Both candidates see themselves as outsiders to political office, but for very different reasons. Both candidates also present themselves as the analytical, fact-based voice Middletown needs. Chafee, who currently works as a field engineer, has never run for or held public office. However, he told The Argus that his scientific background and lifelong residency in Middletown makes him a strong qualified candidate. His campaign has focused on meeting as many residents as possible to familiarize them with Chafee’s platform as well as hear their grievances, playing to Chafee’s strengths as an organizer.

“I definitely consider myself a little bit of an outsider,” Chafee said. “I’m not really cut from the traditional politician mold. I’ve been very successful in my personal career, or in my activism in town and political activism. I really like to work with people and I’ve been very successful at building coalitions around issues. I look at things very analytically and I feel that we really need people in public service roles that are going to do that.”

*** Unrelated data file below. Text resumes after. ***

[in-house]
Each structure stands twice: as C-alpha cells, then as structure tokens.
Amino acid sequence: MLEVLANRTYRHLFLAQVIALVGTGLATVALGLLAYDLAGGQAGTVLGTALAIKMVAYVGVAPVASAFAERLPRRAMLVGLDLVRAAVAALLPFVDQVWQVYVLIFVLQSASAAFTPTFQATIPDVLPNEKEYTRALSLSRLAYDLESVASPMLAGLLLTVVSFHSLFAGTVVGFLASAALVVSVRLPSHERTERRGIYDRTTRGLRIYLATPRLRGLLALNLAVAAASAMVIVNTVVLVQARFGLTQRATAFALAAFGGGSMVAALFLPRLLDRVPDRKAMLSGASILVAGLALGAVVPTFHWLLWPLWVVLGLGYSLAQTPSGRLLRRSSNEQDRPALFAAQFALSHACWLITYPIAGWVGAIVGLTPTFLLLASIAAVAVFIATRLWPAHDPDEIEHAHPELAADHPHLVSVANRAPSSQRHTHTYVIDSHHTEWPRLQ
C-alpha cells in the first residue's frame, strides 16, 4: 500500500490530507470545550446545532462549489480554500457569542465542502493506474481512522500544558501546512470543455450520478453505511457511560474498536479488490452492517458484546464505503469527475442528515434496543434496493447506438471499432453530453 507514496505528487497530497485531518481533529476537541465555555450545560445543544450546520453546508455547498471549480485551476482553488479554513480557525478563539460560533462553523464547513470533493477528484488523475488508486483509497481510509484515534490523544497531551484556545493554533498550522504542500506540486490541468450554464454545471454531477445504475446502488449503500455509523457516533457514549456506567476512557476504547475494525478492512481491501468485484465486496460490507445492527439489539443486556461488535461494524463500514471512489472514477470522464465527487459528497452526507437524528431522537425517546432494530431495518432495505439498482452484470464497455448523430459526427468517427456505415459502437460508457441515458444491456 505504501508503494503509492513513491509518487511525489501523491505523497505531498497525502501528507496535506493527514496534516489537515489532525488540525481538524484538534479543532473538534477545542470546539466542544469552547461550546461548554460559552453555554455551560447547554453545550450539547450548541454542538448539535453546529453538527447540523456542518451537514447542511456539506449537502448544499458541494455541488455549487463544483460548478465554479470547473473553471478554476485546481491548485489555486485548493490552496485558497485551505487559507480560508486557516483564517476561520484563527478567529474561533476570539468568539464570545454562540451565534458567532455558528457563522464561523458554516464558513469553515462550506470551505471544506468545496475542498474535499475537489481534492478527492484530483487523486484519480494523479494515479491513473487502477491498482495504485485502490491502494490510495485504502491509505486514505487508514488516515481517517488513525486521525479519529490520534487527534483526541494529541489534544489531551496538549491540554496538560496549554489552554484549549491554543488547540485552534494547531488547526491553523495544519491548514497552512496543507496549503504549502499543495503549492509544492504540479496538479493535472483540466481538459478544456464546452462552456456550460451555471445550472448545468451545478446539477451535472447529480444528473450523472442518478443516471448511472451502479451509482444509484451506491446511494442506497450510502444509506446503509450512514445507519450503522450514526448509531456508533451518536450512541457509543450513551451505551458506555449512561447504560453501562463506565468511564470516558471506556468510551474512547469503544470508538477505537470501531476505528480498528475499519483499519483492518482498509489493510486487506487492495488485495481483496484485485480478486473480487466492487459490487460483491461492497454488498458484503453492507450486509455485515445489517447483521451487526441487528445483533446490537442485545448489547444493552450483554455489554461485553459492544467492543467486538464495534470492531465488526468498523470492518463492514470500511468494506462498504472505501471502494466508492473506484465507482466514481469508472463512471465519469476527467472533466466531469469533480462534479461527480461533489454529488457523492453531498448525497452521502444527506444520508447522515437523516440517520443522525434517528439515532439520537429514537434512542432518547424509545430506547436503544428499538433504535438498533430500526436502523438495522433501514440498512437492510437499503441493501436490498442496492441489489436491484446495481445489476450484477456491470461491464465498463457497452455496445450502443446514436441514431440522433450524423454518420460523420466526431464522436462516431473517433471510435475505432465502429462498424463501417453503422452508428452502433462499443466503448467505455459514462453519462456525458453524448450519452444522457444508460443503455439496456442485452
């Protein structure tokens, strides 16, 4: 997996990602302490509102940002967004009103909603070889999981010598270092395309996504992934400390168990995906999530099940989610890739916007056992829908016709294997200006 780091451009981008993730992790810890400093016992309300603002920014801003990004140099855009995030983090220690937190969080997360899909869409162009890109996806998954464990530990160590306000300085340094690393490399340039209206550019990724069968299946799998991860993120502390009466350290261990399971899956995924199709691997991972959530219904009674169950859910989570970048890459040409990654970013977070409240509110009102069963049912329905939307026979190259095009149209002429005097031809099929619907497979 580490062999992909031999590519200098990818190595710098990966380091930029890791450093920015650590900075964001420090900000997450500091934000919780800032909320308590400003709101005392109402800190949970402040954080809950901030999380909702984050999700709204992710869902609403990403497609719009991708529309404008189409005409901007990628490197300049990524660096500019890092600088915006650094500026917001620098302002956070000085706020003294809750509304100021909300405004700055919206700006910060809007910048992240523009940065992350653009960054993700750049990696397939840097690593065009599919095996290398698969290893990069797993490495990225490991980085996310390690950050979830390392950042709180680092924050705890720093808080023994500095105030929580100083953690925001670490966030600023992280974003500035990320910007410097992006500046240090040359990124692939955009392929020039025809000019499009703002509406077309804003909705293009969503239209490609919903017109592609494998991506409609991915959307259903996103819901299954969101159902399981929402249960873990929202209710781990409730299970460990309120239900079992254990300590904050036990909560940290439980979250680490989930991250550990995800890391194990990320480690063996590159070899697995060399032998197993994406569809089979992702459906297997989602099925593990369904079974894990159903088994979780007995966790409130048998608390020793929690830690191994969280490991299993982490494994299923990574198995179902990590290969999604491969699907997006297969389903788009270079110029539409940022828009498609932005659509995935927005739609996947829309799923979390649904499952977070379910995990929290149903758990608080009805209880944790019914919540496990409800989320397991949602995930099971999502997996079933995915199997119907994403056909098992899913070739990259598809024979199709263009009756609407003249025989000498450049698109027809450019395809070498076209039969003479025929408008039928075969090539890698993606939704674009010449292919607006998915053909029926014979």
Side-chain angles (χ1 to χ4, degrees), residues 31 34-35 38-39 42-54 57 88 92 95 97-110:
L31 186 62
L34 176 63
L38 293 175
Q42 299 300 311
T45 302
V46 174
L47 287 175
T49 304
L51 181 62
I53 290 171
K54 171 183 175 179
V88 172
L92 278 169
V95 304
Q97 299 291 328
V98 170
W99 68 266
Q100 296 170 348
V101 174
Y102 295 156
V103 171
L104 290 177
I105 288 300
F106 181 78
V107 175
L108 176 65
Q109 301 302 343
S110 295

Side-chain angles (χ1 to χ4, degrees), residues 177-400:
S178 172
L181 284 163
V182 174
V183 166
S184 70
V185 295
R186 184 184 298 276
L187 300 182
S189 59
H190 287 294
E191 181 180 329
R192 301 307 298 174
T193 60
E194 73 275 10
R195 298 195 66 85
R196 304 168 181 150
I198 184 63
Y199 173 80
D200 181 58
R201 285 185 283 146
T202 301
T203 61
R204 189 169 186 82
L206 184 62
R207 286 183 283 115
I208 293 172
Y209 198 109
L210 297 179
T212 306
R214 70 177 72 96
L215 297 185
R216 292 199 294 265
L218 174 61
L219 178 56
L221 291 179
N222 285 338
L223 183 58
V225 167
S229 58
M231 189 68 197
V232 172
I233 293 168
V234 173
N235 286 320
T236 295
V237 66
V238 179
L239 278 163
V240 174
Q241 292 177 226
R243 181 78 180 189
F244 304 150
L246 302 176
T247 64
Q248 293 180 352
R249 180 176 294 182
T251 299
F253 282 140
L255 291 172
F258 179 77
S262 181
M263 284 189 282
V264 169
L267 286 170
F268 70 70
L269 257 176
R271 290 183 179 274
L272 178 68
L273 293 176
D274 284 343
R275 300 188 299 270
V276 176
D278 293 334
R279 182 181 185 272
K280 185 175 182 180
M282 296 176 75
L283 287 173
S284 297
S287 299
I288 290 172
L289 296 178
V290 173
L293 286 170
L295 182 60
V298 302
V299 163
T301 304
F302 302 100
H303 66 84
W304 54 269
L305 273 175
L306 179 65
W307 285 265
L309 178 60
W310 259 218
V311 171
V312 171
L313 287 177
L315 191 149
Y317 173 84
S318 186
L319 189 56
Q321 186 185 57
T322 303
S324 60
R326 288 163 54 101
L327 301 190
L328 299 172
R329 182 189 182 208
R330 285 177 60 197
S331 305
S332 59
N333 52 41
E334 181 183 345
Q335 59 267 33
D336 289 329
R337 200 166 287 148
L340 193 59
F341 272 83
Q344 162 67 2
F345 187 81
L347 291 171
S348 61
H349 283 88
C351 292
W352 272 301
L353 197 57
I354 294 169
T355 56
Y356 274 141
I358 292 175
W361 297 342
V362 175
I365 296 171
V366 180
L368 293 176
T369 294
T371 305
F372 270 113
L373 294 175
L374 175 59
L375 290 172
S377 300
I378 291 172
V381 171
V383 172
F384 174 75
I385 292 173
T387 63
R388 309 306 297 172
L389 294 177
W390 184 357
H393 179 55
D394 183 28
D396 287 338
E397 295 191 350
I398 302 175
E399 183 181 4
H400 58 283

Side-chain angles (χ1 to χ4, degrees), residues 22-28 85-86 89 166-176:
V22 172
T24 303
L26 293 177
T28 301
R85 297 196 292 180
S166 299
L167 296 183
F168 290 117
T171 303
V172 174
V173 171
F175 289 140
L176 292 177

Szynkowicz, who served on the Middletown Board of Education for four years from 2013-2017, said she also does not view herself as a typical politician. 

“Even when I get elected to office, I still will not consider myself a politician,” Szynkowicz said. “I do what I say and I’m there to serve the people and I will never forget that. Another thing that makes me…a very good candidate for Middletown, is I’m willing to listen to everybody’s views. You can change my mind if you give me facts. That’s what I go on, are facts. I don’t go on rumors or innuendos. I go on facts and I don’t care what party anybody is from, we’re all Connecticut residents and everybody deserves to have a voice.”

When asked what the top three issues facing Middletown are, both candidates said that transportation would be central to their policy priorities if elected. However, the two candidates have proposed very different solutions. Chafee is proposing a network of foot and bike trails that would allow residents to walk or ride to downtown instead of being forced to drive.